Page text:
Roosting is done at night.  Adult chickens sleep well above the ground on a limb or other handy perch, safe from most night-time predators.  Baby chickens sleep in a huddled mass on the ground.  If they had a real mother, they would sleep under her, protected by her body and wings.  Alas, I can’t spend the nights in the barn sheltering chicks.  As soon as the babies get a good covering of body feathers so they don’t have to huddle together for warmth, I teach them how to roost.


Fifteen chicks in the second hatch, all roosting successfully

You would think roosting comes natural to chickens.  During the day it does.  The babies fly up and rest on any convenient surface all day long. Yet, when dark falls, they want to mass together on the floor. Without light, chicks often stay frozen in one place. This works to my advantage.  In the dark, I scoop up the chicks and place them, one or two at a time, on the perch.  At first they tend to squawk and drop back off.  But, with persistence, all the babies will stay on a roost.  This is hot, dusty, sweaty work in the dark with a small flashlight clenched in my teeth.  My upper thighs get sore from all the crouching to pick up chicks.  The life of a mother hen is not easy.


First hatch getting the idea of roosting

The first three to five nights are for training.  I must go out in the barn after dark and put chicks on roosts. Every night is a little easier.  More have flown up to the new sleeping spot on their own.  The stubborn ones on the floor stay put on the roost after one or two tries. Finally, all are where they belong, safe above the rats and other undesirables roaming the barn in the dark. When the babies make their special trilling noise that means ‘let’s go to sleep,’ I know the training is over for the night.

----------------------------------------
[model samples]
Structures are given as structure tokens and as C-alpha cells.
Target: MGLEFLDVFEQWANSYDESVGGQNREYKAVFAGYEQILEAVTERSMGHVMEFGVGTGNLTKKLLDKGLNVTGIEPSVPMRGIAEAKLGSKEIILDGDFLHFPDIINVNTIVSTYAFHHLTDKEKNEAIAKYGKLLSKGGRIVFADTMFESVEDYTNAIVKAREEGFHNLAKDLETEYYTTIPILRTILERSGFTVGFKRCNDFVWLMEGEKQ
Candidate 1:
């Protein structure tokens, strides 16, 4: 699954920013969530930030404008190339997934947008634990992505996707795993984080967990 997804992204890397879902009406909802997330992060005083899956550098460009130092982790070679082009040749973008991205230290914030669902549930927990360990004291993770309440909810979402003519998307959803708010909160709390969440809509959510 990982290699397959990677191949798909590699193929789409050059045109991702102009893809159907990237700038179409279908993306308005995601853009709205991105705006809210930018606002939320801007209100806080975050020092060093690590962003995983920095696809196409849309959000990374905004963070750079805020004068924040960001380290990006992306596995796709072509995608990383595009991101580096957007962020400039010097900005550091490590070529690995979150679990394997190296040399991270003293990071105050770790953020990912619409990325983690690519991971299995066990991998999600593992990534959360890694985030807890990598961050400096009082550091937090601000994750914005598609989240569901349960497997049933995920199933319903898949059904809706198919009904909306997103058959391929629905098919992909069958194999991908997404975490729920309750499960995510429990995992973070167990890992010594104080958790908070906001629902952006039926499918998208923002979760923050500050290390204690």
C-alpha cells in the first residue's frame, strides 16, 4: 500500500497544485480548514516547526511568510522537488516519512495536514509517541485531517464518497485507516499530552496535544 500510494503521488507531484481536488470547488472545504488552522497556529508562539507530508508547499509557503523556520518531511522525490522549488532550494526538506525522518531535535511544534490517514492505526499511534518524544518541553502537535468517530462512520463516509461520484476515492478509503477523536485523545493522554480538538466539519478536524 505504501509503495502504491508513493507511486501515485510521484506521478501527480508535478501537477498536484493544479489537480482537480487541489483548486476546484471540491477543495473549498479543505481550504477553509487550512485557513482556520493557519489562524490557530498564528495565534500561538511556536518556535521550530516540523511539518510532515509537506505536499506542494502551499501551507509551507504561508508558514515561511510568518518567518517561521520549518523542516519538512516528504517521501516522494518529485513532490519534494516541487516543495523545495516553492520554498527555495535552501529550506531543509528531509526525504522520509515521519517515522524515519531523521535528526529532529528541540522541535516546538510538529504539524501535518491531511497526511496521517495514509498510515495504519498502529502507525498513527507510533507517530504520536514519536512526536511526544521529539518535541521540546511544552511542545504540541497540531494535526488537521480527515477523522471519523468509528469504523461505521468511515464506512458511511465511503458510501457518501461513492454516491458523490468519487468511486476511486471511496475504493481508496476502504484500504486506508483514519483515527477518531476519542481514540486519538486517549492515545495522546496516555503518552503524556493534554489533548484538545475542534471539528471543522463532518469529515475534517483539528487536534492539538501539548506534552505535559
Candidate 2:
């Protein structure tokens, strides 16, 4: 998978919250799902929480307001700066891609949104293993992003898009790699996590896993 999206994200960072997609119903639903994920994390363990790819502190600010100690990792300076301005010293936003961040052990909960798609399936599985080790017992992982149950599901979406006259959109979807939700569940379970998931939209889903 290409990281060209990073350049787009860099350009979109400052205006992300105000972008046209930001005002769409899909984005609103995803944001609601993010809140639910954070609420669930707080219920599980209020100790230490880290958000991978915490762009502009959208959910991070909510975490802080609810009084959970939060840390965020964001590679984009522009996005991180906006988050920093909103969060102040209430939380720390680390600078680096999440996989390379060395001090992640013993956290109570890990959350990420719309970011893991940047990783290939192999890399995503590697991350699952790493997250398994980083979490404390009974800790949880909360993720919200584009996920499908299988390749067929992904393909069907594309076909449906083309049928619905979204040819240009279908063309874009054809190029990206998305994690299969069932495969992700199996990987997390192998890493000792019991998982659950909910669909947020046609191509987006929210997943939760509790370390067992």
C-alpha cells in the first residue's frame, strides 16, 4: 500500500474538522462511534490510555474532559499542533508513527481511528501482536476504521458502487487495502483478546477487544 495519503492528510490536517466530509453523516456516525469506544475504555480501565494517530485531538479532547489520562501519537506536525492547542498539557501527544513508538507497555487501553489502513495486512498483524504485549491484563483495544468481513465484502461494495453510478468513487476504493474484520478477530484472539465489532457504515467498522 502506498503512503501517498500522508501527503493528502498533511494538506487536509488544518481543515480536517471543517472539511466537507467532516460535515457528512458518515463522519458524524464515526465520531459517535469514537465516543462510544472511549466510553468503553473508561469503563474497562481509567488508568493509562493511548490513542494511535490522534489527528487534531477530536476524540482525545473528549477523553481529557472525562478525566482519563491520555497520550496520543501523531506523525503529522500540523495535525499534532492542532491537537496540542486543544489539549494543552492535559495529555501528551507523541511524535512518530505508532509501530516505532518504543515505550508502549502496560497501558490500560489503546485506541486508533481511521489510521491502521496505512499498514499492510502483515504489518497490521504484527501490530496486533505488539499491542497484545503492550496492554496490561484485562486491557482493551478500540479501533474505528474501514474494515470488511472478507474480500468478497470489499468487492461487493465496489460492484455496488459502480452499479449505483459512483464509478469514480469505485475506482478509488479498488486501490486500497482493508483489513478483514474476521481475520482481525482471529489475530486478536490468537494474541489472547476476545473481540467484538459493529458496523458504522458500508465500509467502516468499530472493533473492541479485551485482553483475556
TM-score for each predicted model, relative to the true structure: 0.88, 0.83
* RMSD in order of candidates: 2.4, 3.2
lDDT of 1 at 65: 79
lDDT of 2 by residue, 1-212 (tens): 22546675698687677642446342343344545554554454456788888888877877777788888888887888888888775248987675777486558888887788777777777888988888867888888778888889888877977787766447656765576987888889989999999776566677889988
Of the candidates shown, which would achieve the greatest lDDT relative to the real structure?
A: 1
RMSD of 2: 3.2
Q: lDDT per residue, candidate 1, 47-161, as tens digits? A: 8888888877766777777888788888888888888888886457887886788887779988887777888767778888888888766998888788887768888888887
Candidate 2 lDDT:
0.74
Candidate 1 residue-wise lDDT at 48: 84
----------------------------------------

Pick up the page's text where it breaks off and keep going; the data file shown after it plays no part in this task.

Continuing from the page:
This year I am training both my first and second hatch to roost at the same time.  The younger ones are learning faster than the older babies.  Perhaps the older ones have been sleeping on the floor longer and the habit is more ingrained.  This evening will be the third night of roosting lessons.  I am hoping a few hop up on the perches by themselves.  Once one or two birds go up on their own, the rest of the clutch will follow within a few days.


Second hatch in background, older chicks in front


Sixteen chicks in the first hatch

The two hatches share space for eating and drinking, but are wary of each other. They have separate perches for roosting.  As they grow and get closer in size, the younger chicks will begin to sleep with the first hatch.  Right now the little ones are half the size of the bigger babies.  The first hatch stands about 7″-8″ at the shoulder and the second hatch, about 4″.  The small ones are nimble and scurry under their older siblings, usually before they receive a warning peck for getting too close.  These are free-range chicks.  They spend the day in outside adventures, detouring into the barn for food at regular intervals.  At dusk, all the babies return to the barn to sleep.